De Blasio Wins Election: What's Next for NYC Real Estate?
Bill de Blasio is New York City’s new mayor. As expected, he crushed Joe Lhota. The republican candidate received a mere 24 percent of the vote; de Blasio received 73 percent. It was the largest margin of victory for a non-incumbent in the city’s history.
De Blasio’s campaign was driven by a “Tale of Two Cities” rhetoric. He blamed Michael Bloomberg for increasing income inequality in the city, arguing that his administration’s pro-development and pro-business policies coddled the rich and ignored the poor.
The future of business and real estate in New York City is somewhat murky now that de Blasio is mayor. Throughout his campaign, de Blasio said that he would provide additional incentives to real estate developers to build affordable housing. More importantly, he would mandate that an adequate supply of affordable housing be built.
"There will be incentives, there will be opportunities, but there will also be clear requirements for affordability," de Blasio said. “When the public action of rezoning creates huge new values for the real estate industry, we will require—not simply encourage, but require—the production of affordable housing.”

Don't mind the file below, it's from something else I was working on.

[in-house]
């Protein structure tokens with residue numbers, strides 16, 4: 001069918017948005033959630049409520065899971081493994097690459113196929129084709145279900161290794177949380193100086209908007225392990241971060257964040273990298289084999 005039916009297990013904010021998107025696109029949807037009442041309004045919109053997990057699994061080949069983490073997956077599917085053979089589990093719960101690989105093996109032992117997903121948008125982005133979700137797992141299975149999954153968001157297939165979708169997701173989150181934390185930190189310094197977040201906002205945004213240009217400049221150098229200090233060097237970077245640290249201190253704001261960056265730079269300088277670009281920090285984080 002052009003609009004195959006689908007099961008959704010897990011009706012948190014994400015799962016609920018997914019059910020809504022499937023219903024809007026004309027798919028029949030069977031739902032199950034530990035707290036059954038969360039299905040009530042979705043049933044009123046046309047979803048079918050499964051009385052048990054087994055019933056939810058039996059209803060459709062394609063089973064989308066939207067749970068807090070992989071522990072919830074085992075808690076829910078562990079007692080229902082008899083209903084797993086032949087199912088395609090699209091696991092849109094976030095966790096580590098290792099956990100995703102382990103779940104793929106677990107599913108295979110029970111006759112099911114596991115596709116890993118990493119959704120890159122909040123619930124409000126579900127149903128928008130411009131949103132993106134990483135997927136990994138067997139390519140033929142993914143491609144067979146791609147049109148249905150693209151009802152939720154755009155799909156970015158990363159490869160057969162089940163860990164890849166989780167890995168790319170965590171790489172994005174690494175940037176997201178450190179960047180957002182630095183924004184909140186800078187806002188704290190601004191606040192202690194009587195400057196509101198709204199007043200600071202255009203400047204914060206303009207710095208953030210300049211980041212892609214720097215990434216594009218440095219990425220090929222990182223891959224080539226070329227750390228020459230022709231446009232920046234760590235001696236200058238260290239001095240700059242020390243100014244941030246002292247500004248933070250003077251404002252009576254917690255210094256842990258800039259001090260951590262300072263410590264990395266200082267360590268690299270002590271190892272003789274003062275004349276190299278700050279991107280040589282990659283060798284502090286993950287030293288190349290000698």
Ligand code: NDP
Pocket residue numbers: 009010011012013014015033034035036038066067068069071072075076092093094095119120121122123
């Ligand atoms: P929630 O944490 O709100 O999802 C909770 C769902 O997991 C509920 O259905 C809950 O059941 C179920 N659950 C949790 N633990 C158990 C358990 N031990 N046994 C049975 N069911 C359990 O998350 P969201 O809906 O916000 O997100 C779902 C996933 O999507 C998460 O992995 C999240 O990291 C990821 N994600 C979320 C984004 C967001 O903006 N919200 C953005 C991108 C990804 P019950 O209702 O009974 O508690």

This is a stark contrast to Bloomberg’s 20-80 policy, which awards tax breaks and subsidies to developers that make 20% of their units affordable. Liberals argue that the 20-80 policy is a failure, citing the fact that “less than 2% of the 160,000 market-rate apartments built citywide during the past 12 years were affordable.”
De Blasio vows to raise taxes on New Yorker's that make more than $500,000. Real estate aficionados argue that taxing the wealthy will mar the luxury real estate industry, which is currently flourishing.
Although some real estate developers are frightened by de Blasio’s agenda, others believe that the new mayor will have little effect on the housing industry. The president of the Real Estate Board of New York, Steven Spinola, said that de Blasio is "not somebody that there's any reason for us to be frightened of. We’ve worked with him. We have no reason to believe he won’t work with us.”
Others are less optimistic. An executive at the appraisal firm Miller Samuel said: “I think (developers) are very nervous. He (de Blasio) came out very strongly against proliferation of high-end development, and has essentially given the impression that things are going to be different.”
Their fear is justified. It was recently reported that the mayor has little effect on New York’s economic sectors—except for the real estate industry.
Realizing that de Blasio would win, developers frantically donated money to his campaign last week, hoping to earn political clout before de Blasio begins his term.
Manhattan’s rich and prestigious are also petrified of de Blasio’s upcoming tenure. They don’t like his populist rhetoric; one socialite proclaimed (at an exclusive party for mayor Bloomberg’s girlfriend) that he will “tax everyone to smithereens.”